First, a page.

The Camerlengo of the Holy Roman Church is an office of the papal household that administers the property and revenues of the Holy See. Formerly, his responsibilities included the fiscal administration of the Patrimony of Saint Peter. As regulated in the apostolic constitution Pastor bonus of 1988, the camerlengo is always a cardinal, though this was not the case prior to the 15th century. His heraldic arms are ornamented with two keys – one gold, one silver – in saltire, surmounted by an ombrellino, a canopy or umbrella of alternating red and yellow stripes. These also form part of the coat of arms of the Holy See during a papal interregnum. The camerlengo has been Kevin Farrell since his appointment by Pope Francis on 14 February 2019. The vice camerlengo has been Archbishop Ilson de Jesus Montanari since 1 May 2020.
The Secretary of State of His Holiness The Pope, commonly known as the Cardinal Secretary of State, presides over the Holy See Secretariat of State, which is the oldest and most important dicastery of the Roman Curia. The Secretariat of State performs all the political and diplomatic functions of the Holy See and the Vatican City. The Secretary of State is sometimes described as the prime minister of the Holy See, even though the nominal head of government of Vatican City is the President of the Pontifical Commission for Vatican City State.
Castel Savelli was a castle near Albano Laziale, in the Lazio region of central Italy. The Savelli family had owned the estate since the 1160s, and build the castle during the papel reign of Pope Honorius III (1216–1227) and Pope Honorius IV (1285–1287). The castle was razed by the forces of cardinal Giovanni Vitelleschi in 1435, and never rebuilt.
The Diocese of Sabina–Poggio Mirteto is a suburbicarian see of the Holy Roman Church and a diocese of the Catholic Church in Italy in the Roman province of the Pope.
Sant'Adriano al Foro was a church in Rome, formerly in the Curia Julia in the Forum Romanum and a cardinal-deaconry.
Giovanni Boccamazza was an Italian Cardinal. He was from the Roman nobility, and was a nephew of Cardinal Giacomo Savelli, who had been an important figure in the Roman Curia since his creation as cardinal in 1261.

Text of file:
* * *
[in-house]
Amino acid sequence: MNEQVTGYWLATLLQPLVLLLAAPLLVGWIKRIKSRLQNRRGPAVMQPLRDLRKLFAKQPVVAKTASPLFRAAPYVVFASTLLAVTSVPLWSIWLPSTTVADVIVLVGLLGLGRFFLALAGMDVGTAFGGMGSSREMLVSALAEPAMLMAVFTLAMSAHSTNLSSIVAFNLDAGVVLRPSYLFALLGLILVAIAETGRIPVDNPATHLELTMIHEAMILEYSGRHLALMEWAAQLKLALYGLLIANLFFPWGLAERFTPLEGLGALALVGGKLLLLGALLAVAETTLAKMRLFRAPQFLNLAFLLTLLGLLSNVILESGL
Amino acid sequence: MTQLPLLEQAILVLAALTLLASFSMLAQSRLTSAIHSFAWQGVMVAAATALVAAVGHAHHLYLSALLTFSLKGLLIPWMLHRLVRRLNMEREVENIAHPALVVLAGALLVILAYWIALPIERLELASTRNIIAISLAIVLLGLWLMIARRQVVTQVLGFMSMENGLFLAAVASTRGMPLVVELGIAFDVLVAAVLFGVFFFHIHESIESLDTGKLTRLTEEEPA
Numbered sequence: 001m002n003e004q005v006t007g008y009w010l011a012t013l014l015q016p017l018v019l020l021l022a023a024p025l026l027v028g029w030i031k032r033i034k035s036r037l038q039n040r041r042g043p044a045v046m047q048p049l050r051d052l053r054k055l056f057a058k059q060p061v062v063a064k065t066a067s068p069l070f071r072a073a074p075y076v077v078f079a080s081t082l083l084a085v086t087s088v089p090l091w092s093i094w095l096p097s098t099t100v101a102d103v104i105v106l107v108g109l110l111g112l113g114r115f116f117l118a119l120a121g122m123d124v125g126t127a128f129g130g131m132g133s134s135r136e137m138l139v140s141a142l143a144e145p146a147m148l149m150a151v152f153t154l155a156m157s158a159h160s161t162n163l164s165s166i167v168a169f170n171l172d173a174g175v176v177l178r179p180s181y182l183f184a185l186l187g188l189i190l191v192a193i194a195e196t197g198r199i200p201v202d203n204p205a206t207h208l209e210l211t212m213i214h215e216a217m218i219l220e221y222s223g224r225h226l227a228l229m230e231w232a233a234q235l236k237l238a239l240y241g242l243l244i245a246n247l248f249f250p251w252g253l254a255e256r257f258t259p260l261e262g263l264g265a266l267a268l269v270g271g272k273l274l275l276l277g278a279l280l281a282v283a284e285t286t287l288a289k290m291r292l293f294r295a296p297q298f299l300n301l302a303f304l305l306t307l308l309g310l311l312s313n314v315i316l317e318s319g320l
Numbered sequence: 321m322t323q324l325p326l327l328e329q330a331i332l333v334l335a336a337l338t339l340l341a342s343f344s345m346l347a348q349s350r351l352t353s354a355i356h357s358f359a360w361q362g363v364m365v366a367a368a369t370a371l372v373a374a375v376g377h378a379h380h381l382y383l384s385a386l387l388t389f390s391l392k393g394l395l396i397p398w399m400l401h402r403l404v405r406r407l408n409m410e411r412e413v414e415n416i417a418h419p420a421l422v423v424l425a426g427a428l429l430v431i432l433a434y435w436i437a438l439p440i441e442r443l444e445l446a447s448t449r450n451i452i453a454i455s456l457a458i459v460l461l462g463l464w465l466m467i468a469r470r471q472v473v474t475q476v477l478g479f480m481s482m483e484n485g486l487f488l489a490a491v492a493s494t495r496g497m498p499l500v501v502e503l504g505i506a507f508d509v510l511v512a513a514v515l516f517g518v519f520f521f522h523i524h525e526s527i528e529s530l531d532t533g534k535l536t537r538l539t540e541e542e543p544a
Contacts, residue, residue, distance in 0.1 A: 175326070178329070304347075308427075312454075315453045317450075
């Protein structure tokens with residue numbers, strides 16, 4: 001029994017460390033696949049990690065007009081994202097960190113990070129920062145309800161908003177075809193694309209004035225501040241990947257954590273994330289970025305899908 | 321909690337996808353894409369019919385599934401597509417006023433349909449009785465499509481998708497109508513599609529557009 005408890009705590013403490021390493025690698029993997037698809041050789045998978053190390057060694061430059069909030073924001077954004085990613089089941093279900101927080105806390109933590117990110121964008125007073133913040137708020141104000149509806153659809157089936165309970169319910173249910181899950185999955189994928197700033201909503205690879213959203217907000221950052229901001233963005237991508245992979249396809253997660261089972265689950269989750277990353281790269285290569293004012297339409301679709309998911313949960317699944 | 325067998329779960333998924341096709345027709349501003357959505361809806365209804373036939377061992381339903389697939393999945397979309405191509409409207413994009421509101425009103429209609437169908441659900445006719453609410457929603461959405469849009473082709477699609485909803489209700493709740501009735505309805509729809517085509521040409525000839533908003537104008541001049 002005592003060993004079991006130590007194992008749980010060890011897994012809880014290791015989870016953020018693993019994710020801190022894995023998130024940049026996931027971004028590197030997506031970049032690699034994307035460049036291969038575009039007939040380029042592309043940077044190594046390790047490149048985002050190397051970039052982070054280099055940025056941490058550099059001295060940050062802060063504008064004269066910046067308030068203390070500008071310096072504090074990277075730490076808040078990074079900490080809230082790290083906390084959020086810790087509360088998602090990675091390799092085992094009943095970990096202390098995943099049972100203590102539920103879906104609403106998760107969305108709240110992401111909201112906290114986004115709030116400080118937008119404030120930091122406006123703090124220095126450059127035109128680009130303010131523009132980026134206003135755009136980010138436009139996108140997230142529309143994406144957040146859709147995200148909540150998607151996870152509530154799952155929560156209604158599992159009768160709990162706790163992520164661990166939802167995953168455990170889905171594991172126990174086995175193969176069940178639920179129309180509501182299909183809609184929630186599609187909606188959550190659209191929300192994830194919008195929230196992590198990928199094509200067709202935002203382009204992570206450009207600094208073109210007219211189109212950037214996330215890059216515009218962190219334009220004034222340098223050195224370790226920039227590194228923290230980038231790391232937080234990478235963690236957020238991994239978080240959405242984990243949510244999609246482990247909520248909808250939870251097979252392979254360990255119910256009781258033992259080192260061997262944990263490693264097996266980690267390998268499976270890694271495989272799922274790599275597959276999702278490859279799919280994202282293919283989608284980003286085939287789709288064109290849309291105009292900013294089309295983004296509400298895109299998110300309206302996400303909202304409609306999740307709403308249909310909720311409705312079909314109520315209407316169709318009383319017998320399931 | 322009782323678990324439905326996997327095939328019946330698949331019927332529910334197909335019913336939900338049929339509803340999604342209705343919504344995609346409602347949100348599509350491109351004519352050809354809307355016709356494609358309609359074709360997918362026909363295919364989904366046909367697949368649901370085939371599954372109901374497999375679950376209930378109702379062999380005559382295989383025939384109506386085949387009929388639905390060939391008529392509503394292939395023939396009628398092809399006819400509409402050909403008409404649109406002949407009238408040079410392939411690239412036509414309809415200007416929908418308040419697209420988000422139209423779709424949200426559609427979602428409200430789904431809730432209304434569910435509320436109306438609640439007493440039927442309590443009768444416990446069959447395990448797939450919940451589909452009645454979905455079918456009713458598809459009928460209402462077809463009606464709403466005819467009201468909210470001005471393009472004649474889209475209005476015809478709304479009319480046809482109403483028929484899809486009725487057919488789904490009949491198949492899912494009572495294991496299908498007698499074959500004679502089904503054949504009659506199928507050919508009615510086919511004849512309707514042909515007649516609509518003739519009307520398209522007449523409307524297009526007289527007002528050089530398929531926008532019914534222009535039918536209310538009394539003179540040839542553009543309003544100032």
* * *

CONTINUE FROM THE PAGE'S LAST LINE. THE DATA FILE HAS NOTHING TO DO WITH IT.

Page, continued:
The April 1555 papal conclave was convoked after the death of Pope Julius III. Elected as his successor Cardinal Marcello Cervini, who took the name of Marcellus II, being the last pope who retained his baptismal name.
Giovanni Battista Savelli was an Italian cardinal from the 15th century. Of the noble Savelli family to which belonged Pope Honorius III (1216–1227) and Pope Honorius IV (1285–1287) and Cardinals: Bertrando Savelli, Silvio Savelli, Giulio Savelli, Fabrizio Savelli, Paolo Savelli and Domenico Savelli. He was called the Cardinal Savelli.
The 1216 papal election, was convoked after the death of Pope Innocent III in Perugia, elected Cardinal Cencio Camerario, who took the name of Honorius III.
The 1287–88 papal election was the deadliest papal election in the history of the Roman Catholic Church, with six of the sixteen cardinal electors perishing during the deliberations. Eventually, the cardinals elected Girolamo Masci, O.Min. as Pope Nicholas IV, almost a year after the death of Pope Honorius IV, who died on April 3, 1287. Nicholas IV was the first Franciscan pope.
Perugia was a long-time papal residence during the 13th century. Five popes were elected here: Pope Honorius III (1216–1227), Pope Clement IV (1265–1268), Pope Honorius IV (1285–1287), Pope Celestine V (1294), and Pope Clement V (1305–1314). These elections took place in the Palazzo delle Canoniche adjoining the Perugia Cathedral.
Giulio Antonio Santorio was an Italian Cardinal of the Roman Catholic Church.
Fabrizio Savelli was an Italian military leader, commander of papal troops and, later, a Catholic Cardinal.
Savelli is an Italian surname that may refer to:
Goffredo di Raynaldo, was an Italian nobleman, city leader and Roman Catholic cardinal. He was Podestà of his native Alatri, a small town in the mountains, east of Anagni, in the last two years of his life.